** Lectures:** MW 12:30-1:45pm, WWH (Courant) 101.
** Instructor:**
Prof. Yevgeniy Dodis

** Email:** ` dodis@cs.nyu.edu`; ** Phone:** 212-998-3084;
** Office:** WWH (Courant) 508

** Office hours:** Wednesday 2-3pm and by appointment.

** Teaching Assistant:** Shabsi Walfish, ** Email:**
` walfish@cs.nyu.edu`; ** Phone:** 212-998-3127;

** Office:** WWH 505; ** Office Hours:** Thursday 5-6pm
and by appointment

** Course Web Page:**
`http://cs.nyu.edu/courses/fall02/V22.0480-001/index.htm`.
All course materials, handouts, homework and announcements will be
available here. You should plan on visiting this page regularly and
often!

** Mailing list:** To subscribe to the class list, follow
instructions at

No advanced mathematics background is assumed. However, students are expected to be somewhat comfortable with mathematical proof techniques (``mathematical maturity''), be at ease with algorithmic concepts, and have elementary knowledge of discrete math, number theory and basic probability. A brief review of relevant topics will be given as needed during the course, making it possible to follow the material. No programming will be required for the course.

``Mathematical maturity'' means simply that you have had exposure to
proofs and know what distinguishes a * formal proof* from a *
convincing argument*. It means you are familiar with "proofs by
induction" and "proofs by contradiction". It also implies being
comfortable with thinking about things in an abstract way.

Finally, learning cryptography involves a great deal of curiosity, creativity and originality. Please bring those along...

Grading will be based on the problem sets (given approximately bi-weekly), midterm/final exams and class participation. Depending on class enrollment and interests, it might be possible to do a small research project in place of the final exam.

There is still not a single entirely satisfactory text in cryptography. Among those present, there are two recommended but not required textbooks (see below), plus I encourage you to read my own notes from the graduate cryptography class that I taught. The two recommended textbooks are (1) Delfs and Knebl ``Introduction to Cryptography'' and (2) Stinson `` Cryptography Theory and Practice (second edition)''. Please contact the Reading section on the web site for more detailed information and other suggestions.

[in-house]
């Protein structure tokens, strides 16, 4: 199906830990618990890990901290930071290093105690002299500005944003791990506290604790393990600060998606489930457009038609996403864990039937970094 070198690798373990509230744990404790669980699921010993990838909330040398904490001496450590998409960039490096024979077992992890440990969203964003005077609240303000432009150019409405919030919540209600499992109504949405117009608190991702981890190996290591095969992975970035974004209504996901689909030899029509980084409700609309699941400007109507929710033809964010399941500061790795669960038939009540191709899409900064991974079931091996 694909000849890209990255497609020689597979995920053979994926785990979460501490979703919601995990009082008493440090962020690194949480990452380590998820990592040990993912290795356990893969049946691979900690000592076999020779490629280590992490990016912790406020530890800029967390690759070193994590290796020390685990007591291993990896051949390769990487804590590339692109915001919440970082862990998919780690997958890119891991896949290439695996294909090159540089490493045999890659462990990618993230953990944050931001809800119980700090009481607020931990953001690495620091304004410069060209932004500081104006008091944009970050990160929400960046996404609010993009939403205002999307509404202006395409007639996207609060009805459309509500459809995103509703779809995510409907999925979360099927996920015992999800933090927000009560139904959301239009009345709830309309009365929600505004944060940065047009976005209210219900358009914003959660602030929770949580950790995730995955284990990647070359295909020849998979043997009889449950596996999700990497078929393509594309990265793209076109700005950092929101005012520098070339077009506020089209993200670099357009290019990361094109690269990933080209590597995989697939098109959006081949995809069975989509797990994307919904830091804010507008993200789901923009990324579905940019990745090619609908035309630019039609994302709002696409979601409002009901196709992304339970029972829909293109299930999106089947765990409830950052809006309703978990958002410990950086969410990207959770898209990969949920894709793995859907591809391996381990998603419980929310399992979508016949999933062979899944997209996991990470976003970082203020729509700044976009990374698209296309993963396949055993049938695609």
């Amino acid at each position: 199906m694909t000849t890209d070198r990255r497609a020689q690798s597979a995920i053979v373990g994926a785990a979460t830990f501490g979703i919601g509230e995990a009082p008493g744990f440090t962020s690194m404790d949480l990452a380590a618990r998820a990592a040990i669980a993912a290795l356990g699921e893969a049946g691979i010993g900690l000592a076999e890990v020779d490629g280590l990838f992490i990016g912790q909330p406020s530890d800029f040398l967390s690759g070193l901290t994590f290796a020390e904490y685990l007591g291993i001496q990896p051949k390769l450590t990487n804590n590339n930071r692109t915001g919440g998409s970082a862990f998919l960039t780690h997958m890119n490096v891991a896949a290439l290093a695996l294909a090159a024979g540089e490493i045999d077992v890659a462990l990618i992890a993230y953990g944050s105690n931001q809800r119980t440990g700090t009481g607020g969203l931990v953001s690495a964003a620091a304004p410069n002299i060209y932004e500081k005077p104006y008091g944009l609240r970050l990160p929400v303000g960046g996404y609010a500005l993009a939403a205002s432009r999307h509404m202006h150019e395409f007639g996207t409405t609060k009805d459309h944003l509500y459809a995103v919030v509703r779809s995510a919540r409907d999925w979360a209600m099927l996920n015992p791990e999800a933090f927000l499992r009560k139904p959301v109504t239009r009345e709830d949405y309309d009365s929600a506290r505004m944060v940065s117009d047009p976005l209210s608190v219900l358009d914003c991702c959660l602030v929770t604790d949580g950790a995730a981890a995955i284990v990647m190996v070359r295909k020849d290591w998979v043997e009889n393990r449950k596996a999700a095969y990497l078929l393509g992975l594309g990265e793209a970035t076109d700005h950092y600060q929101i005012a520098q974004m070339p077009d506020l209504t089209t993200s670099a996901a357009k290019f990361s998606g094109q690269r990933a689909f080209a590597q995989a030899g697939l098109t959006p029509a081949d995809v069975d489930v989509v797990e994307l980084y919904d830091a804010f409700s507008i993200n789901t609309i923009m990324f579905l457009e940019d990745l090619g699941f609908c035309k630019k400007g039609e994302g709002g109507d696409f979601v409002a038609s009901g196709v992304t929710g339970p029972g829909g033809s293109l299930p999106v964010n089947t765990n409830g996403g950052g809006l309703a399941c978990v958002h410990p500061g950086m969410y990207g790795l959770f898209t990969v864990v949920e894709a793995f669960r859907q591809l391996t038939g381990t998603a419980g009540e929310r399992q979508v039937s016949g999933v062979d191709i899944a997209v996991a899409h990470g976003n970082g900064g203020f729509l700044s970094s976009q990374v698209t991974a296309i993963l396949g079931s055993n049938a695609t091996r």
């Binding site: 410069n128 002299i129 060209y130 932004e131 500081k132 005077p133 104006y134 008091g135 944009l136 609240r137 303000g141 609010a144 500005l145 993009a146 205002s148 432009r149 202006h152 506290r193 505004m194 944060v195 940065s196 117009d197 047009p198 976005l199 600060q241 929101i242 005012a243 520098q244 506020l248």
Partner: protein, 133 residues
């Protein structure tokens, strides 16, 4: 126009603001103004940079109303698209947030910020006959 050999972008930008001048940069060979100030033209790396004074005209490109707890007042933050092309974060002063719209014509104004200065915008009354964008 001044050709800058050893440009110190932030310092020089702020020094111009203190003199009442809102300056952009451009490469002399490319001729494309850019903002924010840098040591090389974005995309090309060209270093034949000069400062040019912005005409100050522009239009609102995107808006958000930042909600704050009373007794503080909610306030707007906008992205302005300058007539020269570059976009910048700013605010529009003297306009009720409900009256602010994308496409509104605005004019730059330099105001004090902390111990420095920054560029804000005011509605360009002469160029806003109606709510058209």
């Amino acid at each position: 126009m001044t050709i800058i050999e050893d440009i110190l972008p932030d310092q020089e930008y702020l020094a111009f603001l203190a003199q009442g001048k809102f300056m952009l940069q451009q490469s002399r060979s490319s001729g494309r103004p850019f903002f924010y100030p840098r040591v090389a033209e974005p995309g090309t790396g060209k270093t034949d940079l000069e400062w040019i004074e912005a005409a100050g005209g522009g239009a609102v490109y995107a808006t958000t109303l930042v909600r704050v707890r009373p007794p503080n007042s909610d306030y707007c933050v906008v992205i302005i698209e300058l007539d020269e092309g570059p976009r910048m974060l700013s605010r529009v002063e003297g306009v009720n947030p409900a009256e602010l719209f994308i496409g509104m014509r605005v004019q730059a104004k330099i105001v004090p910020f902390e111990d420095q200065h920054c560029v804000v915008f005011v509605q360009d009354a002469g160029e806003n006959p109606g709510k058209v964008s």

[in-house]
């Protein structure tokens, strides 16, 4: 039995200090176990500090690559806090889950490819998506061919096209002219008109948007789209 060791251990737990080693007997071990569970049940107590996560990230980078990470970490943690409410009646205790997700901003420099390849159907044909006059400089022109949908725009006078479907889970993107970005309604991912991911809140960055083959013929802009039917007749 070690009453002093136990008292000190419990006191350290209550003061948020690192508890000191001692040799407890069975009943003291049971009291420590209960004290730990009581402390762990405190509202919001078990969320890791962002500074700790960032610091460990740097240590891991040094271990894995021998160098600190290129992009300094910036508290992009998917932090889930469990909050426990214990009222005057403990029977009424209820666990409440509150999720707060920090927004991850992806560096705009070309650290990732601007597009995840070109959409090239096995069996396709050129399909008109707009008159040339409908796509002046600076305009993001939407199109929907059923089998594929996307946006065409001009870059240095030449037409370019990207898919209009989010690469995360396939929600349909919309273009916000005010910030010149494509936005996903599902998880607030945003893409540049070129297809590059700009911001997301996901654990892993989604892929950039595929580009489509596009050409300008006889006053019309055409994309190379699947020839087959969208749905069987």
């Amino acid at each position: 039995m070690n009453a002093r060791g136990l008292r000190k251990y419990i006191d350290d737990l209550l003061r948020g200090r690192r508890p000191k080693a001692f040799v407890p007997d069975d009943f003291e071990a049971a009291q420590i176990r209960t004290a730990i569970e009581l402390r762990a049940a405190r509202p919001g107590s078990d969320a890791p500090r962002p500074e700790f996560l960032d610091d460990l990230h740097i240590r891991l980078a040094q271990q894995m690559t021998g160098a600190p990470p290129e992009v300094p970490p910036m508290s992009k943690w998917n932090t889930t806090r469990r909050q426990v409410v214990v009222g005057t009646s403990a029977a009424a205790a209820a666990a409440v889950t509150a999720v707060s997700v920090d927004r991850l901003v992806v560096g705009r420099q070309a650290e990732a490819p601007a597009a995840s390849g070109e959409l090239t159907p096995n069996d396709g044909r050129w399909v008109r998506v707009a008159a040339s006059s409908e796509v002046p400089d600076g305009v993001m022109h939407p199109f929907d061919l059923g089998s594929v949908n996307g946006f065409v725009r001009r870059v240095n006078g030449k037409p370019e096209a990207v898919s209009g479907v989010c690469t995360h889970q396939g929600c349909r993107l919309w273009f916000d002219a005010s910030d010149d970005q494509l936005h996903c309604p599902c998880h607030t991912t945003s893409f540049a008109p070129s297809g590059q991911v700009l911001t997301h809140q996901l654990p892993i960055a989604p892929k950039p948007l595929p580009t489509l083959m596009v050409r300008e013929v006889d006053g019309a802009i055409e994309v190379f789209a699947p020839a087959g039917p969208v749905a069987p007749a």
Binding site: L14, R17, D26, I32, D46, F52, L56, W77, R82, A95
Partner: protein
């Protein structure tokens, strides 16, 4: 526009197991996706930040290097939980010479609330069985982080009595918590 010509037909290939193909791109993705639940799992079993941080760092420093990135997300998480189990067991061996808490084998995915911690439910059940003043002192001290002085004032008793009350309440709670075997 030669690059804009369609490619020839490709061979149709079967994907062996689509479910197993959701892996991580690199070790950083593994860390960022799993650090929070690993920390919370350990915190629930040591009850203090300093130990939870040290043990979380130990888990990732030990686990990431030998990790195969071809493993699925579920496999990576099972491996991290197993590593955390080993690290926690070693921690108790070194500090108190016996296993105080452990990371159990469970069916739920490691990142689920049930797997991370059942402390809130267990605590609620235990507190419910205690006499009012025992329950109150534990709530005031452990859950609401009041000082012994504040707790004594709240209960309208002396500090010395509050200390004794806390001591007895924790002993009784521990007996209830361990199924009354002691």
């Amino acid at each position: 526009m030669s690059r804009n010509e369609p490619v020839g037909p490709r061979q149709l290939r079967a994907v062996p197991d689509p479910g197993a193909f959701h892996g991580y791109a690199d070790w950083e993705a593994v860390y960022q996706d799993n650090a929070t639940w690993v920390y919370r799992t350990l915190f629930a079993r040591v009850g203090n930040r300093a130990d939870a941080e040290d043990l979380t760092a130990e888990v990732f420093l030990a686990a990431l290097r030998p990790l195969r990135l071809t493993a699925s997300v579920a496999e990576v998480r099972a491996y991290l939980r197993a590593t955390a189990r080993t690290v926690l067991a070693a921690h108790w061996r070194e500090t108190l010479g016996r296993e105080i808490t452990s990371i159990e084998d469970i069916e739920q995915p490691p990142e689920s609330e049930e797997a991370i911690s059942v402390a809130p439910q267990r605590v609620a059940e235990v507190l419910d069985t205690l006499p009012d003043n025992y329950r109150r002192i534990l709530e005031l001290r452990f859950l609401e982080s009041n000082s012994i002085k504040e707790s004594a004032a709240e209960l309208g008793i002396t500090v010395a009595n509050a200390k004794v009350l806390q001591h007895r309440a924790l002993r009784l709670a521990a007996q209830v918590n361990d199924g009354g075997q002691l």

I expect you to try solving each problem set on your own. However,
when being really stuck on a problem, I ** encourage** you to
collaborate with other students in the class, subject to the following
rules:

- You may discuss a problem with one or two students in this
class, and work together on solving it. This can involve brainstorming
and verbally discussing the problem, going together through possible
solutions, but should
**not**involve one student telling another a complete solution. - Once you solve the homework, you should
**write up your solutions on your own**, without looking at other people's write-ups or giving your write-up to others. - In your solutions for each problem, you should
**write down the names**of the people with whom you worked on it. Do not worry that writing down the names will negatively affect your grade: it will not, as long as**you are honest**. - Sometimes, it is OK (but not encouraged) to give others a small
hint about your solution, but not the complete solution. When
**giving**such a hint, you do not need to acknowledge this in your write-up. When**given**such a hint, you**must**acknowledge this in your solution. - Do not consult solution manuals, other people's solutions from similar courses (or prior years of this course), and people not taking the class.